Buddha And The Young Mother
pavan • onSpiritual 9 years ago • 3 min read

ONE day, as Buddha was sitting under a banyan tree, a young woman went weeping to him with a dead child in her hands. 'Lord,' she said, 'my first-born, my only child, is dead. Take pity on me and bring it back to life.' And she wept as if her heart would break. The Blessed One knew the futility of reasoning with her in her then frame of mind. So he told her, 'Daughter, bring a handful of gingili seeds from a person none of whose relations have died, and I shall bring your child back to life.'

The young mother was overjoyed at this seemingly simple request She put her dead child tenderly on the lap of the world-teacher and went to the adjacent village. Her experience of the world was so little that she did not know the impossible nature of her quest. She went first to a house and knocked at the door. A young woman came.

'Will you please give me a handful of gingili seeds?' asked the young mother. Most willingly,' said the other and brought a handful of gingili seeds. The young mother took them and, as she was about to go, she said casually, 'I hope none of your relations have ever died.' At that the other burst into a loud moan and said, 'Why do you rake up my unhealed wounds? Don't you know that my only brother died but a month ago and that my father died only a year ago? ' The young mother said, 'I am very sorry for you, but I don't want your gingili seeds.'

She went to another house. She found an elderly woman there and wanted a handful of gingili seeds. The elderly lady brought them. Before receiving them, the young mother said, 'I hope none of your relatives have died' on which the other burst out into loud lamentations saying, 'My son, my only son, the boy whom I tended for twenty long years, he died six months ago. Who are you that remind me of my misery? The young mother said, 'I am very sorry, but I do not want your gingili seeds.'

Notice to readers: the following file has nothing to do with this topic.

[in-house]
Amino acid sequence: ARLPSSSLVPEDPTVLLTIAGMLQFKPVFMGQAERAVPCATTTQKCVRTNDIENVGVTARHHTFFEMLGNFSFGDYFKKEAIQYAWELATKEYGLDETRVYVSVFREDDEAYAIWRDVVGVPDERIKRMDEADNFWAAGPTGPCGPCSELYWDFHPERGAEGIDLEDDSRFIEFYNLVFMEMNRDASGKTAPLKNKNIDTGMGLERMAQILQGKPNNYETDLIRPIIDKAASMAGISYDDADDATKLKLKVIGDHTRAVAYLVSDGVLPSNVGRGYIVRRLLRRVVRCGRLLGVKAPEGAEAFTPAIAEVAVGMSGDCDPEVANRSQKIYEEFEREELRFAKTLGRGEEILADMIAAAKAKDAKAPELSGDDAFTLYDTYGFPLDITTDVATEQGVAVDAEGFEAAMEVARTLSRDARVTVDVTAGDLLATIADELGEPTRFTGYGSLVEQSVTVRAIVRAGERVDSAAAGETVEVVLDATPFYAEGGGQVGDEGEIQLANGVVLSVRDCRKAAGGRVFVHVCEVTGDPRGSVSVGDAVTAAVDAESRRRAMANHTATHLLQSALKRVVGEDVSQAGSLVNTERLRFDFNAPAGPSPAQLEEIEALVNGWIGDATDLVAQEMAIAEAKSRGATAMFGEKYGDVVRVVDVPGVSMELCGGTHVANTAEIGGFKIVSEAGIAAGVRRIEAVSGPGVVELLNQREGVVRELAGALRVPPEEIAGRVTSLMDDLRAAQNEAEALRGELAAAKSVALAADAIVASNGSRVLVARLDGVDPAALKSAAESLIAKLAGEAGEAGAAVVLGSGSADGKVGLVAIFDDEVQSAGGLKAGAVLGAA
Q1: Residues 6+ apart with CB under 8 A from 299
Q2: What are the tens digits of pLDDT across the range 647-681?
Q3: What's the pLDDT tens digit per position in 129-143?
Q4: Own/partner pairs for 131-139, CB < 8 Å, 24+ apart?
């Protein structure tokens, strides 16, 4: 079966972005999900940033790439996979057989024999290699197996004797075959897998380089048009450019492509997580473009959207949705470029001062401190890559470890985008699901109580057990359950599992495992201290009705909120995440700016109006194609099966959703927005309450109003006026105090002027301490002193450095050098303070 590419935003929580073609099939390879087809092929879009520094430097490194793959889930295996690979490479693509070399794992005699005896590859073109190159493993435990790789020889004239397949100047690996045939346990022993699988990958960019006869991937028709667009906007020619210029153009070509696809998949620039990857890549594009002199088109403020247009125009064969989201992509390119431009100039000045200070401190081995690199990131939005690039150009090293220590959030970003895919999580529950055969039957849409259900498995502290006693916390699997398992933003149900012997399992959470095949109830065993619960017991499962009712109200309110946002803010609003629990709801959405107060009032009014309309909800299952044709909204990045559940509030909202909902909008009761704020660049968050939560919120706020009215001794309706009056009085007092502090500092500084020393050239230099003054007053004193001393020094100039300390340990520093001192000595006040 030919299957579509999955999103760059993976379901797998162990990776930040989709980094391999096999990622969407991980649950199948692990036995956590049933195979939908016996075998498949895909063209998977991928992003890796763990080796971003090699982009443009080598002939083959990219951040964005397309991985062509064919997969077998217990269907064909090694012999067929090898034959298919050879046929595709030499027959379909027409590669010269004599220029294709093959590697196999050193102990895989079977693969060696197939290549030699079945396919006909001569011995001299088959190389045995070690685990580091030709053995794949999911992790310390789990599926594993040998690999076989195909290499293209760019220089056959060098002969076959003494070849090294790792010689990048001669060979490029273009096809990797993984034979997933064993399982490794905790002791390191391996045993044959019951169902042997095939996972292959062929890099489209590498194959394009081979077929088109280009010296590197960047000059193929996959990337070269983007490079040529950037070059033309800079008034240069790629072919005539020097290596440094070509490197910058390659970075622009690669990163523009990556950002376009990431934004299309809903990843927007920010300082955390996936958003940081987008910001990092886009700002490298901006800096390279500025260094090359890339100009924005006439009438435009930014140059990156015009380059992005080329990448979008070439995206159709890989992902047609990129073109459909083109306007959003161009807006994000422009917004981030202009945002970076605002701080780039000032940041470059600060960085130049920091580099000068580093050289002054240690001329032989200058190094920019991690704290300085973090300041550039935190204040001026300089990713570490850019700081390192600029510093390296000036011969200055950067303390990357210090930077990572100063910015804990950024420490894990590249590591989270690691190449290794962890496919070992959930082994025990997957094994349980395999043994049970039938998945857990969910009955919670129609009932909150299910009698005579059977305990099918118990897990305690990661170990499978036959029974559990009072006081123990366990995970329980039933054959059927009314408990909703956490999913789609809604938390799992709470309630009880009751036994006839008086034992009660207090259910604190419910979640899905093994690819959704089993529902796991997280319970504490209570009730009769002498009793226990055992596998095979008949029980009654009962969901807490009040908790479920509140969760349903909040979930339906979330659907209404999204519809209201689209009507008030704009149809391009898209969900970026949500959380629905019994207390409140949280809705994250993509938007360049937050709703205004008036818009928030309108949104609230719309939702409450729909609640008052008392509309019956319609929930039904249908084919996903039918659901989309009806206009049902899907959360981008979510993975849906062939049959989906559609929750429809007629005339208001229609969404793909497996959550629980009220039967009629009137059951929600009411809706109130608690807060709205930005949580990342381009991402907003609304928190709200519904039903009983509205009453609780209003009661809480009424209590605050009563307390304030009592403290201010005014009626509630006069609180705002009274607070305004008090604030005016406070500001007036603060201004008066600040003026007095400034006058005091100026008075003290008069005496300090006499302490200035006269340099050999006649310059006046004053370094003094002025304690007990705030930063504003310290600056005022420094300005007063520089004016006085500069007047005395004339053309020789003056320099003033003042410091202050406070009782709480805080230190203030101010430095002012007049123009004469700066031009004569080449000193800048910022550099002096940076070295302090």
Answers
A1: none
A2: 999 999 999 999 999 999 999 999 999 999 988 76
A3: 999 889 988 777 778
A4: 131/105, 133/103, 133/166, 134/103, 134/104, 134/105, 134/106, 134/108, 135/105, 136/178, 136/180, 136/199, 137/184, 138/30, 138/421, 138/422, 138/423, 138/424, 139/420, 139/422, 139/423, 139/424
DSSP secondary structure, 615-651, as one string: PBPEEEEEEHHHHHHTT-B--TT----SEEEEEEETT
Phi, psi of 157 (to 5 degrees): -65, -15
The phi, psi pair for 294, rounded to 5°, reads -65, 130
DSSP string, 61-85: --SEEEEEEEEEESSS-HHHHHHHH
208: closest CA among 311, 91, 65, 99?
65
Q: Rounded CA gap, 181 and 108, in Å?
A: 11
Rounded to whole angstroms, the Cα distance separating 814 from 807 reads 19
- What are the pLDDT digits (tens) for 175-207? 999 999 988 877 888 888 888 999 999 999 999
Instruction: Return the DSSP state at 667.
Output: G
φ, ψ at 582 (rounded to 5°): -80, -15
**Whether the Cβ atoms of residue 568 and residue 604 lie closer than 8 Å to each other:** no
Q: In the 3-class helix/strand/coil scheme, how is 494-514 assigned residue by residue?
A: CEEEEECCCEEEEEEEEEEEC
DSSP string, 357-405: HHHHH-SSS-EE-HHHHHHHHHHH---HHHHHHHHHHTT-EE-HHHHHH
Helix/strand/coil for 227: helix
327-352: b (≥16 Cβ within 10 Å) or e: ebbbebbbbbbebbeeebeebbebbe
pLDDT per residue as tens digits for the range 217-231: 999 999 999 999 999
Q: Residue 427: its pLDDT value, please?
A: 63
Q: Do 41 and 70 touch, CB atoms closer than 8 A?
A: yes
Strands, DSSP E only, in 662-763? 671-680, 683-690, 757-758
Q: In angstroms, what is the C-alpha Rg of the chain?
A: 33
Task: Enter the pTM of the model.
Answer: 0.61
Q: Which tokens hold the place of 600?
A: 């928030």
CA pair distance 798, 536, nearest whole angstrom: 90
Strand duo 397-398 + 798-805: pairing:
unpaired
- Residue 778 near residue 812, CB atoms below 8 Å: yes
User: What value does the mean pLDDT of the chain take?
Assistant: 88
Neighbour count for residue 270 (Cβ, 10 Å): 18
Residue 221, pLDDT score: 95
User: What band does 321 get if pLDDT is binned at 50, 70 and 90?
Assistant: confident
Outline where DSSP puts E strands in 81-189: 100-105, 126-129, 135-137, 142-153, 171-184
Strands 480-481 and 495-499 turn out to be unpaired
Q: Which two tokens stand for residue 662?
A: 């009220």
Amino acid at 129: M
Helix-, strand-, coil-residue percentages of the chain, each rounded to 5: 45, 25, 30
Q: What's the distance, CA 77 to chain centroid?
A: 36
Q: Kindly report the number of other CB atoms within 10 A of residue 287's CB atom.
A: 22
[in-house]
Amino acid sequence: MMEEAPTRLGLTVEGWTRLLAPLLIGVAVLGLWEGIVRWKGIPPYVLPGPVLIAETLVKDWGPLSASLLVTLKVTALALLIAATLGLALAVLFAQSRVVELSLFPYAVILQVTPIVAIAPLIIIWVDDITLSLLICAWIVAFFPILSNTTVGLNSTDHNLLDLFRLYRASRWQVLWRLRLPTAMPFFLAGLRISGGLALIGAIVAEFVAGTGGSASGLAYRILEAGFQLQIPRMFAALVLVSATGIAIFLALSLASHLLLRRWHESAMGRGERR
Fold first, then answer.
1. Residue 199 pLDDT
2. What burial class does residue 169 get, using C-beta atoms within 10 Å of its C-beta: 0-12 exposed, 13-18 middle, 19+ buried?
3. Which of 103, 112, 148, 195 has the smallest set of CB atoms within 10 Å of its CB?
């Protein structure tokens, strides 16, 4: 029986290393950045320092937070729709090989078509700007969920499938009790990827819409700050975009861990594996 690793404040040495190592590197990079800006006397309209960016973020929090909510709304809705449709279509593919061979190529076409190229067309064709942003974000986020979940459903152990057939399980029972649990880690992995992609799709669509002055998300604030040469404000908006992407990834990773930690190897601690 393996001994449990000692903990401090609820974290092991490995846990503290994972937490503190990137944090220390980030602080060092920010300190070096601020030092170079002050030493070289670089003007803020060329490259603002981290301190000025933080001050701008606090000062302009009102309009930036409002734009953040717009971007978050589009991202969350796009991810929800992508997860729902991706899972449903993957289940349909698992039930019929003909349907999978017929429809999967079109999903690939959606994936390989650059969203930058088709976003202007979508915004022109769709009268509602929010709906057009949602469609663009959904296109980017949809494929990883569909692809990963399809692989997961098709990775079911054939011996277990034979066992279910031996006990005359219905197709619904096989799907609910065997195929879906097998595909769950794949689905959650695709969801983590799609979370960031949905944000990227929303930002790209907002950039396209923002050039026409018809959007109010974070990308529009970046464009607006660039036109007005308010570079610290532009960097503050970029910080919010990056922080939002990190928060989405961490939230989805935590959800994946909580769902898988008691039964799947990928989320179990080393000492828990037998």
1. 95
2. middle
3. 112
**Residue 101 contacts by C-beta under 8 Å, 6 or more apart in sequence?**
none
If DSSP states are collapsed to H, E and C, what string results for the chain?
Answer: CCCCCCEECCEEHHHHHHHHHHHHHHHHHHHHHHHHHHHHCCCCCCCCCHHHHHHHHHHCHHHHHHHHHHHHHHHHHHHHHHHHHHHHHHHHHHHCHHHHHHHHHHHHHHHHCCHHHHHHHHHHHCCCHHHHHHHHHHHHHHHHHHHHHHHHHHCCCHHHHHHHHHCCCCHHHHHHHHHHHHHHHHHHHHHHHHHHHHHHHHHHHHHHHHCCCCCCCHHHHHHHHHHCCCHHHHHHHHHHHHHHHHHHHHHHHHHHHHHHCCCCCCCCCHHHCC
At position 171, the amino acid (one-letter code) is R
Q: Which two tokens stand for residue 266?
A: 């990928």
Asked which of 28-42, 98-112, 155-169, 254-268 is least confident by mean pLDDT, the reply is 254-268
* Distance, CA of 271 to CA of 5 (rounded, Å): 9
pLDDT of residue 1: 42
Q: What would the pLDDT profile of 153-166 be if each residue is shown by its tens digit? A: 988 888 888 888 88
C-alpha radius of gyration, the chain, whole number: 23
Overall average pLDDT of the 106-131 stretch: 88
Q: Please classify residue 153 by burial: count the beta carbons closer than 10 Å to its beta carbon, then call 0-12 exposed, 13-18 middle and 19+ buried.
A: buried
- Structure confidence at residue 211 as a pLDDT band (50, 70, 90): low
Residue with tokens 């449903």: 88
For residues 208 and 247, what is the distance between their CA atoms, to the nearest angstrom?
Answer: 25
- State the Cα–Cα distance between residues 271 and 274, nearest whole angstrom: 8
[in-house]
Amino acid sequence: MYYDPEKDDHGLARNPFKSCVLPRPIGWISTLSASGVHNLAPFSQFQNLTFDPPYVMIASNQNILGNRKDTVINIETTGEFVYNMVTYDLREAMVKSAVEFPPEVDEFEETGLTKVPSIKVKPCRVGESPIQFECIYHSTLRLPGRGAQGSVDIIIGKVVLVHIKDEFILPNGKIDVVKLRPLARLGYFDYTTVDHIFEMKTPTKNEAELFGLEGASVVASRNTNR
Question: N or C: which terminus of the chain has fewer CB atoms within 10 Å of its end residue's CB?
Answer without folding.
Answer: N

She went to another house where she found a widow aged about sixty. The young woman said, 'Mother, give me a handful of gingili seeds if none of your relatives have died.' The old widow laughed and said, 'Daughter, I shall give you ten handfuls of gingili seeds if you want, but, of course, several of my relations have died. Why, my dear husband died thirty years ago. I felt it as an inconsolable loss then. But when I come to think of it now I don't feel so sorry. Unless people die, where is the room in this world for the babes who are born every day? The world will become overcrowded like Hell. Where is your father, his father, his father, and so on? Some of these must assuredly have died. Death is the one universal event in the life of every man who is born.'

The young mother felt how impossible her quest was and so returned to Buddha and told him about the fruitlessness of her search. 'Daughter,' said Gautama, 'go, bury your child. This is the way of the world. None can cure death here below.'



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